by an upward washing of the bed with water or with water and air
(ref. 362). A patented alternative design permits upward feed
flow and a continuous backwash of the sand bed as described in
Multimedia filters employ two or more filter media with different
grain size and densities. The media are selected such that the
smaller particles are the most dense (e.g., garnet with a specific
gravity of 4.5 and particle size of 0.2 to 0.4 mm), the medium-sized
particles have an average density (e.g., sand grains with a specific
gravity of 2.65 and a grain size of 0.5 mm) and the largest particles
are the least dense (e.g., anthracite grains with a specific gravity
of 1.6 and a grain size of 1.0 mm). When mixed and permitted to
settle, the multimedia bed will grade itself according to the
density of the material. Therefore, the smallest particles will
locate at the bottom and the largest particles at the top. When
the feed stream flows from top to bottom, the courser suspended
solids will be removed in the upper layers of the filter and the
smaller suspended solids near the bottom. Backwashing is performed
in the opposite direction.
The results of the Users Survey indicate that 58 respondents (or
19.3%) employ polishing filters.
Some respondents to the Users Survey use alternative methods of
removing metal hydroxides rather than using standard clarification.
PS 036 and PS 168 pump the entire volume of treated wastewater
containing precipitated metals through a filter press (use of
the filter press is normally reserved for settled sludge). Both
of these shops have wastewater flow rates below 3,000 gpd, which
is the reason they are able to use this method of separation.
As indicated by Roy (ref. 38), when direct filtration is used,
the gelatinous character and the shear bulk of solids results
in premature blinding or blockage of the filter, causing minimal
hydraulic throughput. One respondent to the survey uses dissolved
air flotation (DAF) rather than settling (PS 240). A DAF unit
generates fine air bubbles that attach to the hydroxide particles
and cause them to rise to the surface of a tank, where they are
removed by skimming. It is a treatment technology commonly used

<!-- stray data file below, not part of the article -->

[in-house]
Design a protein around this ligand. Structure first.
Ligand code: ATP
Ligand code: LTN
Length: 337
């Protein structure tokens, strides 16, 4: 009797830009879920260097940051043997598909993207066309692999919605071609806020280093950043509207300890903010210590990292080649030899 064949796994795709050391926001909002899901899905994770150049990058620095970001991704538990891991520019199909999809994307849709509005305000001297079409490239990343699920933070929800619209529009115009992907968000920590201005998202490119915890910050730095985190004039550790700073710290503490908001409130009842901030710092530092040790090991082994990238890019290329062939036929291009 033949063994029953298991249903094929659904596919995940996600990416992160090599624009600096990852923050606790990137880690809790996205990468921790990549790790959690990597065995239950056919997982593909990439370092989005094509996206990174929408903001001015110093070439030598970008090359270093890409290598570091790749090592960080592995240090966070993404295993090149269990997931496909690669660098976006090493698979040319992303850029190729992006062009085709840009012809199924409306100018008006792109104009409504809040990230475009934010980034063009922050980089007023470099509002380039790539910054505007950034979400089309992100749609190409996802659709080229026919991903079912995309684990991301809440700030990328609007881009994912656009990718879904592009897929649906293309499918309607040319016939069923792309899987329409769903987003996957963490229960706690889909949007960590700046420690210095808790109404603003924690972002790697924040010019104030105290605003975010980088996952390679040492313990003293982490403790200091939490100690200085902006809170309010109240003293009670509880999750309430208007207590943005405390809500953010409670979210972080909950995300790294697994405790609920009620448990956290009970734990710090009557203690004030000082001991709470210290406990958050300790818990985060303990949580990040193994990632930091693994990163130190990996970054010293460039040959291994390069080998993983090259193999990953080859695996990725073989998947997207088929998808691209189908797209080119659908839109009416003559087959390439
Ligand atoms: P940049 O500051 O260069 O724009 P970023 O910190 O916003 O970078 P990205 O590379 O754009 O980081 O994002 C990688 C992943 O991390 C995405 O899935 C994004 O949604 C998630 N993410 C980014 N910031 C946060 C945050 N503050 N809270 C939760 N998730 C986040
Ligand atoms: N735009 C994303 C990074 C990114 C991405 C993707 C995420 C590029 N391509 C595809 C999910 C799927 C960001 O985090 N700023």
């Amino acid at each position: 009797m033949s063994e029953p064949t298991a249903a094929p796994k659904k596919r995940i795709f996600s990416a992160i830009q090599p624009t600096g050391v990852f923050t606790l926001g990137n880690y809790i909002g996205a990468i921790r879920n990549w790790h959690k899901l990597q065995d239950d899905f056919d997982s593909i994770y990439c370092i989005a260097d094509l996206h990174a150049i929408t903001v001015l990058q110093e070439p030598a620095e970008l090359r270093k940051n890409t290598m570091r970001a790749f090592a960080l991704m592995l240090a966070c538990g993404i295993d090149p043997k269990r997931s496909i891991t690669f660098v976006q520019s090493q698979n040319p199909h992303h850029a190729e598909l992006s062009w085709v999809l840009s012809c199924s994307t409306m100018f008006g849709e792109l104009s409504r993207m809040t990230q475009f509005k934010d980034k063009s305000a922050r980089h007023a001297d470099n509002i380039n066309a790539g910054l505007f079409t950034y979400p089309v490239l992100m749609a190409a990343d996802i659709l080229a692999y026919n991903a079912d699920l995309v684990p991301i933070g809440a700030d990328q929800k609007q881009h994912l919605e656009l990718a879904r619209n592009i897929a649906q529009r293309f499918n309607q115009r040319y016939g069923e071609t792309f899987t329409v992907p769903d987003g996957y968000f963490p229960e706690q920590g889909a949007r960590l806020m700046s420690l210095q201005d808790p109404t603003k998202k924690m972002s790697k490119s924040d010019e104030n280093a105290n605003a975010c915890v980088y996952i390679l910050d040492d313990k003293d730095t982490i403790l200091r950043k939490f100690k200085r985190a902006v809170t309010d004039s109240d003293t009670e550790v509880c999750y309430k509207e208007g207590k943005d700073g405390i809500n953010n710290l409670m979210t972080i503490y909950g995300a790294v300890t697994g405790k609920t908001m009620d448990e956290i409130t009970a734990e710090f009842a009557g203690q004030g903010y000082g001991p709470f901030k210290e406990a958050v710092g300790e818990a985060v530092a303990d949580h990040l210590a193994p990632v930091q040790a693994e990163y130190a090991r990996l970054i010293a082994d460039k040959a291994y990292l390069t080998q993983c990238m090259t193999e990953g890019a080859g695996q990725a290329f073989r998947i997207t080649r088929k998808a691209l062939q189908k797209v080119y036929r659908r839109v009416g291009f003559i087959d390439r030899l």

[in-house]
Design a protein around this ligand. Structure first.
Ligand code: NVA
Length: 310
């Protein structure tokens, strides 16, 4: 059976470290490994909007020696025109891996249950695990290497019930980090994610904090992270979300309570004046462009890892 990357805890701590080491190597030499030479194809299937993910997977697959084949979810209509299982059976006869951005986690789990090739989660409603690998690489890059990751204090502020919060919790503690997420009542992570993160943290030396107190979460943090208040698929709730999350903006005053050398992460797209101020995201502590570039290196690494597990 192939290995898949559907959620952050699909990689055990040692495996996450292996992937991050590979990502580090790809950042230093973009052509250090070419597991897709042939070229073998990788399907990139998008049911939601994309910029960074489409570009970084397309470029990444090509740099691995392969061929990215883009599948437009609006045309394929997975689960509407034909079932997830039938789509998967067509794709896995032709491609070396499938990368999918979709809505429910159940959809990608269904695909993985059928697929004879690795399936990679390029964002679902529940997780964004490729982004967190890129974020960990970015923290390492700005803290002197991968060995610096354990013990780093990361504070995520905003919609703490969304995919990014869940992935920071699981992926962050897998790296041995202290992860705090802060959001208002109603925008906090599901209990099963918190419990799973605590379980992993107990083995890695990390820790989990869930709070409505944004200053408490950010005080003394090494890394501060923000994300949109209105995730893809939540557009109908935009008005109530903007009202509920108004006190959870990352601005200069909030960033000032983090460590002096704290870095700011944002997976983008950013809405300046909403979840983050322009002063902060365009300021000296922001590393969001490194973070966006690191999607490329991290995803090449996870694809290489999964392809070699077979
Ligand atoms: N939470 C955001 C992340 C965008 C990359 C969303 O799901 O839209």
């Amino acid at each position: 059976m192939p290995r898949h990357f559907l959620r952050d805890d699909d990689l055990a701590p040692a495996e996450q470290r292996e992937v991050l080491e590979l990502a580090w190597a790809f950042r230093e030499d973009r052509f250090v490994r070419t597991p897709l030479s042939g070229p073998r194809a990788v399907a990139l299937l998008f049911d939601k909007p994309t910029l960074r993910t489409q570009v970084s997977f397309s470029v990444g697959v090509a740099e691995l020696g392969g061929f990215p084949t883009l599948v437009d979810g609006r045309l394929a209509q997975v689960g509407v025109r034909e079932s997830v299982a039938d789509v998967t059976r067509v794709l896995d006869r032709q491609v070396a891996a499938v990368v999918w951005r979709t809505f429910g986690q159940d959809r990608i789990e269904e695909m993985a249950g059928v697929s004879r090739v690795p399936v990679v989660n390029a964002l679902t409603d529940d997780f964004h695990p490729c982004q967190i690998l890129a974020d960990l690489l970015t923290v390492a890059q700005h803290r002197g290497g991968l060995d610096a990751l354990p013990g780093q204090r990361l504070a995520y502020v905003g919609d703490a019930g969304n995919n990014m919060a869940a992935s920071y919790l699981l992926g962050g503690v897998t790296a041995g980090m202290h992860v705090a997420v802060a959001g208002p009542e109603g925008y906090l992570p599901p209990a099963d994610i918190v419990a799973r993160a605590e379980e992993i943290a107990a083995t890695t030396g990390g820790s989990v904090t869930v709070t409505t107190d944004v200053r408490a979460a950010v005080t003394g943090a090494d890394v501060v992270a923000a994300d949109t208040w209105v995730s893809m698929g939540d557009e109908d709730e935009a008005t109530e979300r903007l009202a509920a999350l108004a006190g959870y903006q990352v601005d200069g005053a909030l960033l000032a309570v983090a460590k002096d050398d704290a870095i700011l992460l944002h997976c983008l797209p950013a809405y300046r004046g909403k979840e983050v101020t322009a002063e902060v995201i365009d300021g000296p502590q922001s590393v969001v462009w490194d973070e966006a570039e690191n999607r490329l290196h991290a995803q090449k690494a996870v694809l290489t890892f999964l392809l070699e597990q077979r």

by industries with oily wastestreams (e.g., petroleum refining
and industrial laundries). Several shops use membrane filtration
to separate precipitated metals. This method of treatment is a
viable alternative to conventional clarification for plating shops,
but currently is more common to the printed circuit board industry.
Microfiltration is discussed in Section 6.5.3.
18.104.22.168 Metals Removal Process Limitations
As a summary for the conventional metals removal subsection, the
following limitations of the hydroxide precipitation/clarification
process are presented:
The process cannot precipitate metals to low levels of solubility
in the presence of chelating compounds unless additional treatment
reagents are employed. The use of additional treatment reagents
may significantly add to the volume of sludge generated by the
The precipitation/clarification process cannot remove suspended
solids below approximately 5 to 10 mg/l TSS and TSS can range
up to 50 mg/l for a well operated system unless polishing filtration
is employed. Because the suspended solids remaining in the effluent
contain metals, this factor limits the attainable effluent concentration
Certain metal hydroxides are amphoteric; that is, solubility is
at a minimum at a specified pH and increases if pH is higher or
lower. The solubility minimum for different metals occurs at different
pH levels (ref. 39). Therefore, a compromise is necessary with
mixed metal wastes that limits attainable effluent concentrations.
The metal hydroxide sludge resulting from treatment of electroplating
wastewater has been classified as a hazardous waste (F006) and
must be managed, handled, transported, and recovered or disposed
of under the provisions of RCRA.